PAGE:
$30 per month: the cost of free public transit in Montreal

Taylor C. Noakes
 Montreal Subway - Photo by Ilia Usmanov

Mayor Valérie Plante’s recent statement that Montreal cannot afford to provide free public transit struck me as incredibly shortsighted: she might be surprised to learn how unaffordable terminal climate change is going to be.

The idea that transit needs to cost the user something, rather than simply being a service whose cost is absorbed through taxation and shared equally as a public benefit, is an unfortunate feature of a capitalist society’s tendency to try to monetize everything. There are people in this city who charge you to look at Mount Royal if they could get away with it. Charging people to take public transit during the era of the climate emergency is just as stupid, particularly so given that we should be trying to incentivize people by whatever means necessary to stop driving their cars. 

As long as our city’s public transit remains at least partly dependent on fares to operate, we can’t reasonably expect to expand transit access or service with declining annual fare revenue. As long as the pandemic continues, the number of people using public transit will remain artificially low, and this in turn means both that transit agencies will have less money to invest in the service they provide as much as government will be disincentivized to invest in public transit operations. It’s apt that such a situation is termed a ‘vicious’ circle.

Take a minute to consider just how perversely backwards our enlightened leaders are when it comes to transit, because Val Plante giving up before even trying is actually the least of it. Back in March, the province announced that it was going to foot much of the $6.4-billion Blue Line extension bill. Last month it was announced that the STM had to trim $2-billion from its budget for the next decade, largely as a result of pandemic-related lost revenue. The provincial government is happy to use taxpayer’s money to build flashy and expensive transit infrastructure, they’re just not too interested in making sure it’s actually being used. Meanwhile, the $800-million the federal government gave to Montreal (which Plante then inexplicably turned over to the Montreal-phobic Legault administration) is apparently still available, just not for the city to use as it sees fit. It’s apparently being held by the province for some as yet unnamed transit infrastructure development project somewhere in the metropolitan region.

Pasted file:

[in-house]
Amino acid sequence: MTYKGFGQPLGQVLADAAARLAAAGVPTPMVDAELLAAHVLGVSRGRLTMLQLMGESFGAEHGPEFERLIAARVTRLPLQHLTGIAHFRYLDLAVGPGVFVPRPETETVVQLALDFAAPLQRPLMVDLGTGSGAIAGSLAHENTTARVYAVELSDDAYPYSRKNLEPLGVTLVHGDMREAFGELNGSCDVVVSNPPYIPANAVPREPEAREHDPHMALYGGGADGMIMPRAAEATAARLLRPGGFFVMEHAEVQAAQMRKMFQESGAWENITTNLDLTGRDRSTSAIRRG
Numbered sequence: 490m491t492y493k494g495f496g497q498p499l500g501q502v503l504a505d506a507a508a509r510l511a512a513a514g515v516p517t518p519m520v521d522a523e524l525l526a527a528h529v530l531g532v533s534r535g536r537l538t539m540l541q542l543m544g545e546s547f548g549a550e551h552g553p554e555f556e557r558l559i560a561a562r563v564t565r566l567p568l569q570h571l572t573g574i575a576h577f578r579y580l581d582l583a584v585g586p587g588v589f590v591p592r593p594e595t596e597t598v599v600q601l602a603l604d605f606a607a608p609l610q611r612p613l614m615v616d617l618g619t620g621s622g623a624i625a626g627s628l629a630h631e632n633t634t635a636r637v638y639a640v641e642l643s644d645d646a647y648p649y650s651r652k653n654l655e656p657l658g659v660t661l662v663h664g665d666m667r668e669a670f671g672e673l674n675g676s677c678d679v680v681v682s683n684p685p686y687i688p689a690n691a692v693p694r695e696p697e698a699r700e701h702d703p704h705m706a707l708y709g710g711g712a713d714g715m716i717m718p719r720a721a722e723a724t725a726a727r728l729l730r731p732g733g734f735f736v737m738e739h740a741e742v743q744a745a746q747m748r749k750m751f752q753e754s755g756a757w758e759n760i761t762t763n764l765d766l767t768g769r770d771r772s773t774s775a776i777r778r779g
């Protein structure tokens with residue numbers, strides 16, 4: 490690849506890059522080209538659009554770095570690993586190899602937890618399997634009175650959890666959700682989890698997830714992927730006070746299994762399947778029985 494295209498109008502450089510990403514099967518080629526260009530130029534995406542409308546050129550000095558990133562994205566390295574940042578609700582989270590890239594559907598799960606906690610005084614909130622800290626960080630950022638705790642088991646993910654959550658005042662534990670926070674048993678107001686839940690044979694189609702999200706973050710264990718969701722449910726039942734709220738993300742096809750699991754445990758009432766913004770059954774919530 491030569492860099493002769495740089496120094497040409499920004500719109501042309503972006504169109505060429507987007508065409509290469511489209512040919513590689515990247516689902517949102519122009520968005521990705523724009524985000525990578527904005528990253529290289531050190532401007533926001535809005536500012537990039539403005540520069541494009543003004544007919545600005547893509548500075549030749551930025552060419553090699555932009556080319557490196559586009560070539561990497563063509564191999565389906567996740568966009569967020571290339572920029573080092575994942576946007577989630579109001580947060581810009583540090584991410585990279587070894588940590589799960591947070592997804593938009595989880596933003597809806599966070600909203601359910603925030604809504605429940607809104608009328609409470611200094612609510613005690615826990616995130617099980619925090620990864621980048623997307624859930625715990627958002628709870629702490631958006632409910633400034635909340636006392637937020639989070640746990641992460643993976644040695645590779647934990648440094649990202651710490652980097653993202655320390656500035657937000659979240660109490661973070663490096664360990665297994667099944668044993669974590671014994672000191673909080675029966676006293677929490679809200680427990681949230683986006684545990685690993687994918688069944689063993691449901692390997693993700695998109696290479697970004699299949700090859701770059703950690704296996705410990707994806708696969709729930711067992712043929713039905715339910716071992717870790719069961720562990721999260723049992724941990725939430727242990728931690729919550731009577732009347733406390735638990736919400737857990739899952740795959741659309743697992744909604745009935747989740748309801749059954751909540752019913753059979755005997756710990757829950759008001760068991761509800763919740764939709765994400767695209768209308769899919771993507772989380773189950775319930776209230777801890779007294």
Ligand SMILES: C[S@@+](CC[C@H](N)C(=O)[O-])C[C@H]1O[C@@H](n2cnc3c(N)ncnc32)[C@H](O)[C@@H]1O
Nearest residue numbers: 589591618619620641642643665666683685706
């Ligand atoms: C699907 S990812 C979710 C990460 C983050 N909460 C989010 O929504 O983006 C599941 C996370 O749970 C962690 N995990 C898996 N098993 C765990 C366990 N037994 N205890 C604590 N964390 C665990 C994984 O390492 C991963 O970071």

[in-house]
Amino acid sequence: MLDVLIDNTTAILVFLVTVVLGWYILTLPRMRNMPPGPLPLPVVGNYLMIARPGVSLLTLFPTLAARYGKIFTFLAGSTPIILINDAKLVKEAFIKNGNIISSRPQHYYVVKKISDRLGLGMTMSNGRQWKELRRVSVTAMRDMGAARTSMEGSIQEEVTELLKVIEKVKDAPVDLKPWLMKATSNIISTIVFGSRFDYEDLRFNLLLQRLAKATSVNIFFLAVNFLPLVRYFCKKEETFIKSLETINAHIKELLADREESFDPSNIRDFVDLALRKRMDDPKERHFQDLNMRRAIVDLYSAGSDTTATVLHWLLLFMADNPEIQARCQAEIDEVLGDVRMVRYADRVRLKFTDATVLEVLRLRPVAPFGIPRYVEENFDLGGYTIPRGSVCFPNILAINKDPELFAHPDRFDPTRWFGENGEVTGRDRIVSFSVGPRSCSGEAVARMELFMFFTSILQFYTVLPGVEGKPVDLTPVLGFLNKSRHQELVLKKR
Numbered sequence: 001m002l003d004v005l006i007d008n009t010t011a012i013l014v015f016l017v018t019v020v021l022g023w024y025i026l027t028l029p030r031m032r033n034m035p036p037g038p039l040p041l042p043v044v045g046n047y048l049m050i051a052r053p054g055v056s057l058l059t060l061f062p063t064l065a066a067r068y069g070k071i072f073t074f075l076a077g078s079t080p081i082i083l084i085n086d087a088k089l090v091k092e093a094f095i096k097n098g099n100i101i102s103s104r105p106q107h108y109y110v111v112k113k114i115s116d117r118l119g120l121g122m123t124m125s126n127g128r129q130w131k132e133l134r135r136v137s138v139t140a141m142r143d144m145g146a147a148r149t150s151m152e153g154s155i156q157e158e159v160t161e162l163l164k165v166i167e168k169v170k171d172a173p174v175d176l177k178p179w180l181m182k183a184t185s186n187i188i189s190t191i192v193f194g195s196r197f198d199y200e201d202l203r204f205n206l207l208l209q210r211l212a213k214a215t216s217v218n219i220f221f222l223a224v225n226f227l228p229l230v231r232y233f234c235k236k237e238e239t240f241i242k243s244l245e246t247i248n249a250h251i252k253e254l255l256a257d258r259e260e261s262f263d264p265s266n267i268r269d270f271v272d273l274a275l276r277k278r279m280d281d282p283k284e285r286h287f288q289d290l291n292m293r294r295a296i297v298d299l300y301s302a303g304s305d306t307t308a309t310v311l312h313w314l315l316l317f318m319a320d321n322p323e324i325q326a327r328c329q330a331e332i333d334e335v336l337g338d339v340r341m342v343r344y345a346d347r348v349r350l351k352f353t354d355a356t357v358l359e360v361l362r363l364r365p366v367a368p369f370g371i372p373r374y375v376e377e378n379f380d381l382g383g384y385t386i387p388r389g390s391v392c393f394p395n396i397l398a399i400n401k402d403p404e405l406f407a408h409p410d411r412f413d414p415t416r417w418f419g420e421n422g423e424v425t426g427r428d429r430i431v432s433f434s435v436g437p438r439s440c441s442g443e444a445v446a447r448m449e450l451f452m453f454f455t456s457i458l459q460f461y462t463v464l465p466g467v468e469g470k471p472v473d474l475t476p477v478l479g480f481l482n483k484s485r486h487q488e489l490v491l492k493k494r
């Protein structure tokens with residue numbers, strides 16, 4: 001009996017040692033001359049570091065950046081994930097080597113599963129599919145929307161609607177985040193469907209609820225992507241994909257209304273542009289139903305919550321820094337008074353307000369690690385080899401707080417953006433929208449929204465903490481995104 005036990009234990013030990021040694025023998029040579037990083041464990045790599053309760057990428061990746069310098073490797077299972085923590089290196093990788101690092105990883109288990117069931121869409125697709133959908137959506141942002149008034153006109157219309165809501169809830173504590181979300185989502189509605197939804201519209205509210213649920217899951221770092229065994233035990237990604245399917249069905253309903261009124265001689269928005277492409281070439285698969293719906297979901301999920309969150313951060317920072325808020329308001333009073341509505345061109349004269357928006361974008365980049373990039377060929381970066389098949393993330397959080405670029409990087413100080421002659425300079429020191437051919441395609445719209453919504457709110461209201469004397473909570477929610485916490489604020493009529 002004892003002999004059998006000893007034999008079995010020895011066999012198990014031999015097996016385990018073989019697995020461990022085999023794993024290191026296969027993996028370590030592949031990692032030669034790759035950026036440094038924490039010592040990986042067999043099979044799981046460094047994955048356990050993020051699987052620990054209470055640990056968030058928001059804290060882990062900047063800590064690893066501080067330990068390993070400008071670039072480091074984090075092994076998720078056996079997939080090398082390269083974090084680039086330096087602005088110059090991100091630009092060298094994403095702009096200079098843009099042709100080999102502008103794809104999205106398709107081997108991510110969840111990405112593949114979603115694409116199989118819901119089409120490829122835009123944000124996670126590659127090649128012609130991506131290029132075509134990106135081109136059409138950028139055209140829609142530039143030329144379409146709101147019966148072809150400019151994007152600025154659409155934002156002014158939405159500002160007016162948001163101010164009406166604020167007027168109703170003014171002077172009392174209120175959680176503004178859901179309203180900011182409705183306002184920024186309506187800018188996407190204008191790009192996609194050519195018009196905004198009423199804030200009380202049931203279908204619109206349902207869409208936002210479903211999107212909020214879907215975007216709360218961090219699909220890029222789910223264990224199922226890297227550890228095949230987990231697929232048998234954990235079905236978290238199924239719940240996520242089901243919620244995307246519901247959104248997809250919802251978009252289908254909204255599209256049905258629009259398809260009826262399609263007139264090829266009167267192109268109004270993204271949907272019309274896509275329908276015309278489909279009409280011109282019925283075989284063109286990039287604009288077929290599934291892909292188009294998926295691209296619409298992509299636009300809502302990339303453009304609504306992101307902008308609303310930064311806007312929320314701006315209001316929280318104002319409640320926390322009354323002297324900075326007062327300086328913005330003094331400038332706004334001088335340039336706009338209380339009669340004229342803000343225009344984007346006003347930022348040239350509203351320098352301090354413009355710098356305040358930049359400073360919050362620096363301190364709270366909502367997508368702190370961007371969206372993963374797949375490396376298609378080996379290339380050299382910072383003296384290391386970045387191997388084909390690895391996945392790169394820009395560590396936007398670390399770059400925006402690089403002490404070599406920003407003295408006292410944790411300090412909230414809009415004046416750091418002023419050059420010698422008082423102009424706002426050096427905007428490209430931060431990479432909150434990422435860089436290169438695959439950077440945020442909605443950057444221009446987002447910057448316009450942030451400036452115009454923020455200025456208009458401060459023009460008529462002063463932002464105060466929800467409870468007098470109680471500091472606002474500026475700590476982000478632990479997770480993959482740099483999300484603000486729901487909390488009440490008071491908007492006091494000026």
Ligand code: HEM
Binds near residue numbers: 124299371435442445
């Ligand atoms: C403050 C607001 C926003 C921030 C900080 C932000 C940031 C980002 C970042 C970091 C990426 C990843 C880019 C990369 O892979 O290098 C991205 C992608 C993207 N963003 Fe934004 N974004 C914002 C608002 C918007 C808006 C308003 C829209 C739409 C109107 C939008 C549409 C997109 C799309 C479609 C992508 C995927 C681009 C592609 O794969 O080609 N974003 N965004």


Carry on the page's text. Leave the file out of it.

So, to recap:

  • Free public transit is too expensive for the city
  • The province will pay for a politically expedient extension of Montreal’s least-used metro line
  • The STM has to cut $2-billion from its budget because not enough people are using public transit
  • $800-million in federal funding meant for public transit in Montreal is being held by the province for some unnamed future project

I can’t make heads or tails of this mess other than that it makes absolutely no sense for anyone in Quebec City to be making funding decisions about Montreal’s public transit, but I’m not convinced the decisions being made by people at City Hall are any wiser. Transit for the city and the metro region should be planned by an organization whose funding comes directly from the people, and shouldn’t be subject to the partisan whims of provincial governments.

That said, Mayor Plante’s assertion that Montreal can’t afford free public transit got me thinking it might be worth doing the math to see if that’s true.

Here’s what I came up with.

The STM’s latest budget is $1.57-billion, of which approximately 42% comes from fares, representing somewhere around $660-million per annum.

If Montreal wanted to offer free or no-charge public transit, say as an incentive to encourage public transit use and lower the city’s carbon footprint, it would have to come up with that amount each year. If that $660-million cost were divided among all 1.9 million residents of the island of Montreal, it would come out to an annual bill of just under $350, or $29 per person per month.